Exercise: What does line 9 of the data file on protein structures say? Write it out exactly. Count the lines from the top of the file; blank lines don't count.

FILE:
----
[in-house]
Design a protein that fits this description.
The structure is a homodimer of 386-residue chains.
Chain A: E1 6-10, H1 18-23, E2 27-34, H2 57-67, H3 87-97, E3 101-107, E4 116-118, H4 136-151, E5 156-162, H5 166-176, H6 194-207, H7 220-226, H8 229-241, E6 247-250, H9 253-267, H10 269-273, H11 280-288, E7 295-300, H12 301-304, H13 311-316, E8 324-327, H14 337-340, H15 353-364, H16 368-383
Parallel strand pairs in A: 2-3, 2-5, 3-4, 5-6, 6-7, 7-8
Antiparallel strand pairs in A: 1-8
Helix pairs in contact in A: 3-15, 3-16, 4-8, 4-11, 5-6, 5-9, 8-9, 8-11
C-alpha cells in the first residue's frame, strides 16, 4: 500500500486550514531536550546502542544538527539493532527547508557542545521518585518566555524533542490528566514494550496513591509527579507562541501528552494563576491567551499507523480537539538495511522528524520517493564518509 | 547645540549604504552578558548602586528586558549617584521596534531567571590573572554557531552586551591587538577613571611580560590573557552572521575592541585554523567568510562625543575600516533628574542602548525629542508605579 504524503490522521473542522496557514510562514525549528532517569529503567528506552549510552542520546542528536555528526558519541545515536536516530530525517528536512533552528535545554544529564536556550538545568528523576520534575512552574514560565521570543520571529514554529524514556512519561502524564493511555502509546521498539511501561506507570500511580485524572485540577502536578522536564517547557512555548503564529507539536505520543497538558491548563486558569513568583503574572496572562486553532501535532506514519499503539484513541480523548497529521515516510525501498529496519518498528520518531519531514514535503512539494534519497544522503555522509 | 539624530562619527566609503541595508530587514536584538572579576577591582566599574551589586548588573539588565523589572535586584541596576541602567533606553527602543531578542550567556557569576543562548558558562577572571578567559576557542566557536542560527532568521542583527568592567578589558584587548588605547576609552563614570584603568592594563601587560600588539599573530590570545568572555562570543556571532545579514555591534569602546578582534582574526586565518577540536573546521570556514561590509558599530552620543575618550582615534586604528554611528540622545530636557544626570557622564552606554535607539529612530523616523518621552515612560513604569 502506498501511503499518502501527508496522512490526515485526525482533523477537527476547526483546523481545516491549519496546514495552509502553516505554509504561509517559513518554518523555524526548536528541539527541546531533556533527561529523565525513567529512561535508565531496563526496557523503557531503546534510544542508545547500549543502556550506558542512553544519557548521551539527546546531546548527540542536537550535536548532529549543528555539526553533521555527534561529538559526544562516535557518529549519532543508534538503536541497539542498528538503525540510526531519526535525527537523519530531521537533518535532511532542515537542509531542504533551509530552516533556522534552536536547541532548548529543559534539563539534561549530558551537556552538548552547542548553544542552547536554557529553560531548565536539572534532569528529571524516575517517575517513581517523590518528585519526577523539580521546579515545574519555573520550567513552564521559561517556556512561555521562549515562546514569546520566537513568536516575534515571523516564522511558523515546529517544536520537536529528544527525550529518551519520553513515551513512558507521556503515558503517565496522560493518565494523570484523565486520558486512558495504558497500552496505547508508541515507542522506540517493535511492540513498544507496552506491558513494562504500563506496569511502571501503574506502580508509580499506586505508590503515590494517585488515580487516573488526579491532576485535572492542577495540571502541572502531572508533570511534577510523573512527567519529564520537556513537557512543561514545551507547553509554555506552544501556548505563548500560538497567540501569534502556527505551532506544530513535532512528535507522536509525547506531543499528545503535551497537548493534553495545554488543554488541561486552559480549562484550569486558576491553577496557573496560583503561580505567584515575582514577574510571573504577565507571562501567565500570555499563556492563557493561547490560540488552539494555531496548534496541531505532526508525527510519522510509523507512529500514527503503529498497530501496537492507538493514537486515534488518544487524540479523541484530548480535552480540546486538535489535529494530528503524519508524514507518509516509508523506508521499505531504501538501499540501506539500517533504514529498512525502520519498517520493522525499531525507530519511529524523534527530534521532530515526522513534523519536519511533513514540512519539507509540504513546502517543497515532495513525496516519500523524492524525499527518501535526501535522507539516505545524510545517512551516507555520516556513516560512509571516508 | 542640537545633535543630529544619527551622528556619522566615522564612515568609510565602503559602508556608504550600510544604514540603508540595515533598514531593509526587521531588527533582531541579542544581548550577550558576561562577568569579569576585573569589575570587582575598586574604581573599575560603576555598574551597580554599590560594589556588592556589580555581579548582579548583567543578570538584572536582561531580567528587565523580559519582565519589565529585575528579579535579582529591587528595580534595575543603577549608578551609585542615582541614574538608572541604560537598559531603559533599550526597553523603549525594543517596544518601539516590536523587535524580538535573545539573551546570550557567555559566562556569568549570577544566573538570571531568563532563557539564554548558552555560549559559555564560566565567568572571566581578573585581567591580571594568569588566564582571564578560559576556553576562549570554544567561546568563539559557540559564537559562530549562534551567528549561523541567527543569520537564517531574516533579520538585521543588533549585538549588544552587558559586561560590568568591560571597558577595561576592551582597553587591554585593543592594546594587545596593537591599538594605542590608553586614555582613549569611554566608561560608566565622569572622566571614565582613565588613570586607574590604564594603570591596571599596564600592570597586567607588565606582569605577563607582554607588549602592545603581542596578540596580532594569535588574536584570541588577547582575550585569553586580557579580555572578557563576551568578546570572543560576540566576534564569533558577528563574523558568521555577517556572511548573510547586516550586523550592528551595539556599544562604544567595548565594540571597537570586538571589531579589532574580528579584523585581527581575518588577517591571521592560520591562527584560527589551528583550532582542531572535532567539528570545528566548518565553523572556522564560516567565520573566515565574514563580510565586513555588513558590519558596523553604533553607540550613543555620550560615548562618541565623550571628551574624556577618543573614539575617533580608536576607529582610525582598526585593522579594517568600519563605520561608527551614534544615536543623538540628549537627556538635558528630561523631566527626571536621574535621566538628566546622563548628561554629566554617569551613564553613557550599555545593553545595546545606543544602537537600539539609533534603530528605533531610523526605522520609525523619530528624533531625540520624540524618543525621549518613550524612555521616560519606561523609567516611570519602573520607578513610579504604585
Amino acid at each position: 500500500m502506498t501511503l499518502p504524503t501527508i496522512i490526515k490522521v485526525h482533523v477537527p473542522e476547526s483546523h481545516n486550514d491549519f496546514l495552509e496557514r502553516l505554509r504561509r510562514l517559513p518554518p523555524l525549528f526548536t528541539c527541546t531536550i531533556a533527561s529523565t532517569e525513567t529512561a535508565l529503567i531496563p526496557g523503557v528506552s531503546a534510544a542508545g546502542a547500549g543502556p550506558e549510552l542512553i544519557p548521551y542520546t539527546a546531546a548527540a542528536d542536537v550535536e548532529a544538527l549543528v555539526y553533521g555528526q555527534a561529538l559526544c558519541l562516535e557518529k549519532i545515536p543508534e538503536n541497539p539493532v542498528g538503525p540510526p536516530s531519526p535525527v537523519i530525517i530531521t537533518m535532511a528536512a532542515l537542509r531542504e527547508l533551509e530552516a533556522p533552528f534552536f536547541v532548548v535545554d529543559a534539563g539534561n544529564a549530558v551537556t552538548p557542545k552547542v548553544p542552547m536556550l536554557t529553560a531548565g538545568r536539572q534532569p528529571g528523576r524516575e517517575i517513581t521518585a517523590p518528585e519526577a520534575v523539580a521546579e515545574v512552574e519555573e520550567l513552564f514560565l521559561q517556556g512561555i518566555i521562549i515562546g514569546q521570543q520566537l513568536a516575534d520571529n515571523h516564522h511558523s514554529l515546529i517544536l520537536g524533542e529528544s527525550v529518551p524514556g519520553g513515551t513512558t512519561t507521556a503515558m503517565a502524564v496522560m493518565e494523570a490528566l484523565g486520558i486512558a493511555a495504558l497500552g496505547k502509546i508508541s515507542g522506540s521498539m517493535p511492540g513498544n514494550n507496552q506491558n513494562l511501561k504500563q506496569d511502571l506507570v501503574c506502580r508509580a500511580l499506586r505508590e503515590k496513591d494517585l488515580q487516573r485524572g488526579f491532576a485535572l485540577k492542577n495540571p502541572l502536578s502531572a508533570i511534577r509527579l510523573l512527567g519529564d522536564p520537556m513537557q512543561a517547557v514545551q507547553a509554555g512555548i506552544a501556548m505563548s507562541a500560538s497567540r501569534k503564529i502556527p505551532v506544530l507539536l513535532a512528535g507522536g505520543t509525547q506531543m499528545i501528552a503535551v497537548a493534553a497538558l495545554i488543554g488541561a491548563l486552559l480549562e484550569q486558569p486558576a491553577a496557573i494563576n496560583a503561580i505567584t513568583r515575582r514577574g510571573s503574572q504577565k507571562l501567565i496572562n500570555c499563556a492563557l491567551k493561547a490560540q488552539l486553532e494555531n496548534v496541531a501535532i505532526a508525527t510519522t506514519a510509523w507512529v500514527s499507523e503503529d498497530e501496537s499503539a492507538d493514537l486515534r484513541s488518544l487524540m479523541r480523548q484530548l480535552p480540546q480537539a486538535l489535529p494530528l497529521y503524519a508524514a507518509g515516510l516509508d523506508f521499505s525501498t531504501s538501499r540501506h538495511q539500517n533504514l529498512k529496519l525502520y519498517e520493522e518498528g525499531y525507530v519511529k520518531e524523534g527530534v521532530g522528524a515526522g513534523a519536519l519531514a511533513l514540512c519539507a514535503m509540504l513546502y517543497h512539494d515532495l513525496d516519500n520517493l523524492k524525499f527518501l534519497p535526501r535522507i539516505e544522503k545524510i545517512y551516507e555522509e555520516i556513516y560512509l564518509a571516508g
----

Amino acid at each position: 500500500m502506498t501511503l499518502p504524503t501527508i496522512i490526515k490522521v485526525h482533523v477537527p473542522e476547526s483546523h481545516n486550514d491549519f496546514l495552509e496557514r502553516l505554509r504561509r510562514l517559513p518554518p523555524l525549528f526548536t528541539c527541546t531536550i531533556a533527561s529523565t532517569e525513567t529512561a535508565l529503567i531496563p526496557g523503557v528506552s531503546a534510544a542508545g546502542a547500549g543502556p550506558e549510552l542512553i544519557p548521551y542520546t539527546a546531546a548527540a542528536d542536537v550535536e548532529a544538527l549543528v555539526y553533521g555528526q555527534a561529538l559526544c558519541l562516535e557518529k549519532i545515536p543508534e538503536n541497539p539493532v542498528g538503525p540510526p536516530s531519526p535525527v537523519i530525517i530531521t537533518m535532511a528536512a532542515l537542509r531542504e527547508l533551509e530552516a533556522p533552528f534552536f536547541v532548548v535545554d529543559a534539563g539534561n544529564a549530558v551537556t552538548p557542545k552547542v548553544p542552547m536556550l536554557t529553560a531548565g538545568r536539572q534532569p528529571g528523576r524516575e517517575i517513581t521518585a517523590p518528585e519526577a520534575v523539580a521546579e515545574v512552574e519555573e520550567l513552564f514560565l521559561q517556556g512561555i518566555i521562549i515562546g514569546q521570543q520566537l513568536a516575534d520571529n515571523h516564522h511558523s514554529l515546529i517544536l520537536g524533542e529528544s527525550v529518551p524514556g519520553g513515551t513512558t512519561t507521556a503515558m503517565a502524564v496522560m493518565e494523570a490528566l484523565g486520558i486512558a493511555a495504558l497500552g496505547k502509546i508508541s515507542g522506540s521498539m517493535p511492540g513498544n514494550n507496552q506491558n513494562l511501561k504500563q506496569d511502571l506507570v501503574c506502580r508509580a500511580l499506586r505508590e503515590k496513591d494517585l488515580q487516573r485524572g488526579f491532576a485535572l485540577k492542577n495540571p502541572l502536578s502531572a508533570i511534577r509527579l510523573l512527567g519529564d522536564p520537556m513537557q512543561a517547557v514545551q507547553a509554555g512555548i506552544a501556548m505563548s507562541a500560538s497567540r501569534k503564529i502556527p505551532v506544530l507539536l513535532a512528535g507522536g505520543t509525547q506531543m499528545i501528552a503535551v497537548a493534553a497538558l495545554i488543554g488541561a491548563l486552559l480549562e484550569q486558569p486558576a491553577a496557573i494563576n496560583a503561580i505567584t513568583r515575582r514577574g510571573s503574572q504577565k507571562l501567565i496572562n500570555c499563556a492563557l491567551k493561547a490560540q488552539l486553532e494555531n496548534v496541531a501535532i505532526a508525527t510519522t506514519a510509523w507512529v500514527s499507523e503503529d498497530e501496537s499503539a492507538d493514537l486515534r484513541s488518544l487524540m479523541r480523548q484530548l480535552p480540546q480537539a486538535l489535529p494530528l497529521y503524519a508524514a507518509g515516510l516509508d523506508f521499505s525501498t531504501s538501499r540501506h538495511q539500517n533504514l529498512k529496519l525502520y519498517e520493522e518498528g525499531y525507530v519511529k520518531e524523534g527530534v521532530g522528524a515526522g513534523a519536519l519531514a511533513l514540512c519539507a514535503m509540504l513546502y517543497h512539494d515532495l513525496d516519500n520517493l523524492k524525499f527518501l534519497p535526501r535522507i539516505e544522503k545524510i545517512y551516507e555522509e555520516i556513516y560512509l564518509a571516508g